Next week we will be doing philosophy a little different. We will be watching Big Hero6 in 4 short sessions and chatting about the film afterwards... what has heppened and why they think that has happened.

We did this with Frost last year, and I found it quite surprising how many of the children were not totally familiar with the plot despite being able to sing the songs and quote parts of the film word for word.


Monday, 23 November 2015

Developing the Third Teacher...



We all need professional development to grow, to learn and to be able to see things from new perspectives. The setting is also in need of this development... it needs to grow with the children, to adapt to the needs of the group, the individuals, the interests, the teachers, the context, the world we live in... etc.

How do we ensure that the changes we make in our settings... in the physical environment are having the effect that we hope they will have.
How is it being documented... and how is this documentation being referred to in order to support the third teacher's development. That is is not change for changes sake... but development.

How do we inspire the third teacher?

I know that I have benefited from visiting other settings... looking around, talking with how the pedagogues use the environment, their thinking behind the layout, the structure, the design and the choices of materials available. I have appreciated taking photographs... not so that I can copy, but so that I can remember the processes, the feeling I had while I visited, so that I can continue my reflections.

I have visited places where no photos have been allowed (and I know this is the case in the preschools in Reggio Emilia) - and while I understand that they want to provoke thinking, and that those visiting make their own reflections and so not just copy and paste - I also feel that the chance to make deeper reflections go missing when there are no images to take back to colleagues to talk about, reflect with... for them to ask questions about the reasoning and to start making decisions about how to develop their own settings, their own third teacher.

Of course there will always be those who will copy-paste in the exact same way as there will be those who use templates without questioning them...

For me it is not about the copying, or the use of templates that is a problem... but the lack of reflection. And for me, in the start of a Reggio inspired journey you need all the support you can get... to structure the reflections, to dare to question what you know... to make those somersaults that take you from being a teacher where you follow the instructions to being a co-researcher with the children - where the children learn to learn and you learn more about the children and how they learn so that you can create the curriculum that will enable them to learn more and deeper.

The environment is a part of this process... your observations of how the space is used... your reflections about how to make the space interesting and available to ALL. Understanding how small changes can have big effects... and learning when to make them...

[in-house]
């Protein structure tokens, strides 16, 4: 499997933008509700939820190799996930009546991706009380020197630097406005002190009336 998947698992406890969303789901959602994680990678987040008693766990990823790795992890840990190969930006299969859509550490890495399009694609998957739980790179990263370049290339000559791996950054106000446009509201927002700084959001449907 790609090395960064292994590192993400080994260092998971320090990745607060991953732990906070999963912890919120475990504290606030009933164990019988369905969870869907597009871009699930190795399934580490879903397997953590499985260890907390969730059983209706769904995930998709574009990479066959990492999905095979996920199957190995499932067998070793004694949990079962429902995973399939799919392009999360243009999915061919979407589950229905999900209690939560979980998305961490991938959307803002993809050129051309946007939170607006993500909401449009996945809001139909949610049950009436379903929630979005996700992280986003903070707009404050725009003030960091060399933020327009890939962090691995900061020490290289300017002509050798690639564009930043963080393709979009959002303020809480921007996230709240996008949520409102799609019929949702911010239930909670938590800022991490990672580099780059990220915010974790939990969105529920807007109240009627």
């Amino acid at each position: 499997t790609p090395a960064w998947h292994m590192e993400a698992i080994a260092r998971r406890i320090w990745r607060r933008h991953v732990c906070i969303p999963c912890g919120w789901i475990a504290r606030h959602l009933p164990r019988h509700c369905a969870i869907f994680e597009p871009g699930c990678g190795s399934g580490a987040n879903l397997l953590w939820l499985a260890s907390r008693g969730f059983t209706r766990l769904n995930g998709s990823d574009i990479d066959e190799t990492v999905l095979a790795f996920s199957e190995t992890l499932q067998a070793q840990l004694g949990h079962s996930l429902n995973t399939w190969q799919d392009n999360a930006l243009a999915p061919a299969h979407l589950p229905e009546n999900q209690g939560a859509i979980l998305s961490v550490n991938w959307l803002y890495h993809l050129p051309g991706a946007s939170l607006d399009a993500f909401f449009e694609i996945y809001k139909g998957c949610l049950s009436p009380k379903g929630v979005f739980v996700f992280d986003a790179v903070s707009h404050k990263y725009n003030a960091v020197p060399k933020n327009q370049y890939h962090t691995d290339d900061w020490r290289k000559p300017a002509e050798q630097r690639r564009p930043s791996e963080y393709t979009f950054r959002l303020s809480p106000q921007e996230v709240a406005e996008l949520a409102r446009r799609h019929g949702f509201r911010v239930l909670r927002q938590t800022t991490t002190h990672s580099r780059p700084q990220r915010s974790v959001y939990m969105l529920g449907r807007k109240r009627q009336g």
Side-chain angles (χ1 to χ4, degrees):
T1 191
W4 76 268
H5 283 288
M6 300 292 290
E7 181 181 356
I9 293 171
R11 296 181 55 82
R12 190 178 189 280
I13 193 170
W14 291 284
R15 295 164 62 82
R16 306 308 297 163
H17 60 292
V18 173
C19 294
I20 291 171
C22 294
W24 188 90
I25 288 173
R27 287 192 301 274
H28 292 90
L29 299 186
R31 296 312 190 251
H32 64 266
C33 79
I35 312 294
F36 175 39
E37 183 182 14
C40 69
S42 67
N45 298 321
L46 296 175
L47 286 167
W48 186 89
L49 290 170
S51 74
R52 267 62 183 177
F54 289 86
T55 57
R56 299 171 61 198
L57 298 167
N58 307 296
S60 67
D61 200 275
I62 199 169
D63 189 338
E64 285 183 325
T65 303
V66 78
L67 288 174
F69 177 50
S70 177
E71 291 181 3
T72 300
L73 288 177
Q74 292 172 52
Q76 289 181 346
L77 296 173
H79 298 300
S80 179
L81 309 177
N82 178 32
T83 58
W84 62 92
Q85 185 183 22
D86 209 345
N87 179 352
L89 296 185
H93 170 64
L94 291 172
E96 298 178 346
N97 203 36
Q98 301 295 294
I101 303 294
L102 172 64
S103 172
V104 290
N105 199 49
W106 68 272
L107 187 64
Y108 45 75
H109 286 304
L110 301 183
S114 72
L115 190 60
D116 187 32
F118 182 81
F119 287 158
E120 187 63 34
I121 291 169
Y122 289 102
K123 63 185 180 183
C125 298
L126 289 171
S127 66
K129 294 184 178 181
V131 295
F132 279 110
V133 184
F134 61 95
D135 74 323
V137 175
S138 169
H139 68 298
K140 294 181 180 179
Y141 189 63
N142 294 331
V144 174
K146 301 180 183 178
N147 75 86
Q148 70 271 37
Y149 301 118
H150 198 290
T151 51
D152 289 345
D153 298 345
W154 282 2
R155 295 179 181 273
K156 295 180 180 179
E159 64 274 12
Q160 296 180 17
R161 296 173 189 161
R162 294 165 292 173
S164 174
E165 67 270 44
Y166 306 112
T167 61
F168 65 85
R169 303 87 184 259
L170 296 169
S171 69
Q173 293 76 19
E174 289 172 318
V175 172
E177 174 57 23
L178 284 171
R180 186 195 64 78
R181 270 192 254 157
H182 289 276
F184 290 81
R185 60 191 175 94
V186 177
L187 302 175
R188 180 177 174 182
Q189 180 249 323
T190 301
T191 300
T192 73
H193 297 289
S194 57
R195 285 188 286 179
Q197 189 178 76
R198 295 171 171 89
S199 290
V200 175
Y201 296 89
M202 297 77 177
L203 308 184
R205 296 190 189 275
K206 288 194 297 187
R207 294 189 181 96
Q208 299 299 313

All of this takes time... it is a process. Especially if you want to understand.

I am still very much in this process of learning... of getting to know my third teacher... my colleague. Even after three years at the same setting, with twenty years of experience, I feel far from fully understanding this setting... but I am getting a grasp of it.

 To find out more about this visit to Ekudden... check this post
 To find out more about Boulder Journey School check out... this post from 2014 and this post on outdoor surfaces and this post about ceilings and this post about lighting and this post about water play
 The outdoor environment is an important third teacher too... the third teacher is NOT just indoors...
you can find out more... here, here and here - there are 19 posts on outdoor environments.
 Acorm School of Early Childhood - Boulder - is the post I first shared this image.
and also here in small spaces for quiet play
 Thsi is the atelier where I work... although it has evolved a little since this photo was taken... here is a post about the process of this space
 My visit to Canada was also very inspiring... I have many photos to refer to even though I did not make as many posts as i would have hoped... this post focuses on light
 My visit to Iceland was very inspiring... post about the dining area and also a post about the empty space... and use of it
Visiting early years setting in the refugee camp in Jenin, Palestine was also very inspiring. A completely different context from my own... and the need to walk in without judgement ... but to walk in with the desire to understand and learn.


 We can also temporarily chamge the environment to provoke thought and play... check out the light installation play... here, here and here






It is so easy to judge others based on your own context... but I feel this is a dangerous and counter-productive attutude to have. We need to always walk into a setting with the desire to learn... to learn how the space is being used by the children, how the space is being used by the adults, how the context of the setting impacts the choices, how the availability of materials impacts how the children can learn.
There is not always a great mass of materials at the disposal for children to explore and experiment with, sometimes you need to get creative... and in many places recycling junk is not an option because the whole city is littered with the stuff in such a way that it is something negative (and the junk everywhere was overwhelming - a reminder of oppression almost).
So we need to go into a setting to understand so that we can join them on their journey and enable them... not look down on them from our vantage point of a more peaceful context, or cultural differences, or the impact of poverty, or politics... or whatever it might be in any given place...
We need to be there and understand that these marvelous educators are doing their very best for the children in their circumstances.